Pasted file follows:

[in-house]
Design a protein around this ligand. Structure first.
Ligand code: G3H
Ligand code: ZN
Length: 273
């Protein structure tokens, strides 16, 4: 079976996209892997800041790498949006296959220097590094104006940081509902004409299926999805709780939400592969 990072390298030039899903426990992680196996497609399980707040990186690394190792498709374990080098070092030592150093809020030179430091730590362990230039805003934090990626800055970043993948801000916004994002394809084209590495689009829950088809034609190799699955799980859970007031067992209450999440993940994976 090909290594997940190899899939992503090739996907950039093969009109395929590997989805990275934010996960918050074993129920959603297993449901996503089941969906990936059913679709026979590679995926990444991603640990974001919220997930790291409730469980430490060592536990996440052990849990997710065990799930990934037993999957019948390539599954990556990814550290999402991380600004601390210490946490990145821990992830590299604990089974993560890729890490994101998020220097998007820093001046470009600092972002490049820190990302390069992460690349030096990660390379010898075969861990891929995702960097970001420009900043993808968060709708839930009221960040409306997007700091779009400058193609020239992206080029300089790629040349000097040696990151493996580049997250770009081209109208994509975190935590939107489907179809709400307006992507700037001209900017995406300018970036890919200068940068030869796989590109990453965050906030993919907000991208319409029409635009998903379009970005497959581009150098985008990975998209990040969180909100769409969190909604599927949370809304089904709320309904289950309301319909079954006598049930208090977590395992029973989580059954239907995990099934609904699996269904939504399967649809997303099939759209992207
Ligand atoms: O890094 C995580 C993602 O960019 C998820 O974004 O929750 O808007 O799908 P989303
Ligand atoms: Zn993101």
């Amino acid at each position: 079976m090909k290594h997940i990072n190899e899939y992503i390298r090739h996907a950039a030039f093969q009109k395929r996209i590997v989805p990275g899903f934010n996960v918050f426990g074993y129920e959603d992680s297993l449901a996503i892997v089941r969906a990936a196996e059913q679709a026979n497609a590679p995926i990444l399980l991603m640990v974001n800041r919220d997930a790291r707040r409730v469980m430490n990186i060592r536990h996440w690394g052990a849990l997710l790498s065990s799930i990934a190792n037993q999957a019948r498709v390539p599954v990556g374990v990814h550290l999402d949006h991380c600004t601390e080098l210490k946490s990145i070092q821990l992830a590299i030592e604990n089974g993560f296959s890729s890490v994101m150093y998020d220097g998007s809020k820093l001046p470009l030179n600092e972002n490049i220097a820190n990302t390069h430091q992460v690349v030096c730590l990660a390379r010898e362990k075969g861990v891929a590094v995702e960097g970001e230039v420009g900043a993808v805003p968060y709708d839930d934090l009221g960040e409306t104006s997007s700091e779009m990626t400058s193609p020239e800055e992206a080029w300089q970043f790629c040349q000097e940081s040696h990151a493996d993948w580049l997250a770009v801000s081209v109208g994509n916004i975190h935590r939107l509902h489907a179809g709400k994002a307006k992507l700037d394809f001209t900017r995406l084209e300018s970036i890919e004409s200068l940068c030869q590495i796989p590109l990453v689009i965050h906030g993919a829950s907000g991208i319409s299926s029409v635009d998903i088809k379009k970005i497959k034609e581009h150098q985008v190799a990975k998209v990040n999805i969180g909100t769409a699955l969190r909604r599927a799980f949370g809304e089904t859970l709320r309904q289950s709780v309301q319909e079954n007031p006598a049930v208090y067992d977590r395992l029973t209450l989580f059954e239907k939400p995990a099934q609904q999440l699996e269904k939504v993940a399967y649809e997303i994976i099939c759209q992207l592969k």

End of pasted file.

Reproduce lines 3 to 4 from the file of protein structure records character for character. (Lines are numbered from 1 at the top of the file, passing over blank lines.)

Ligand code: G3H
Ligand code: ZN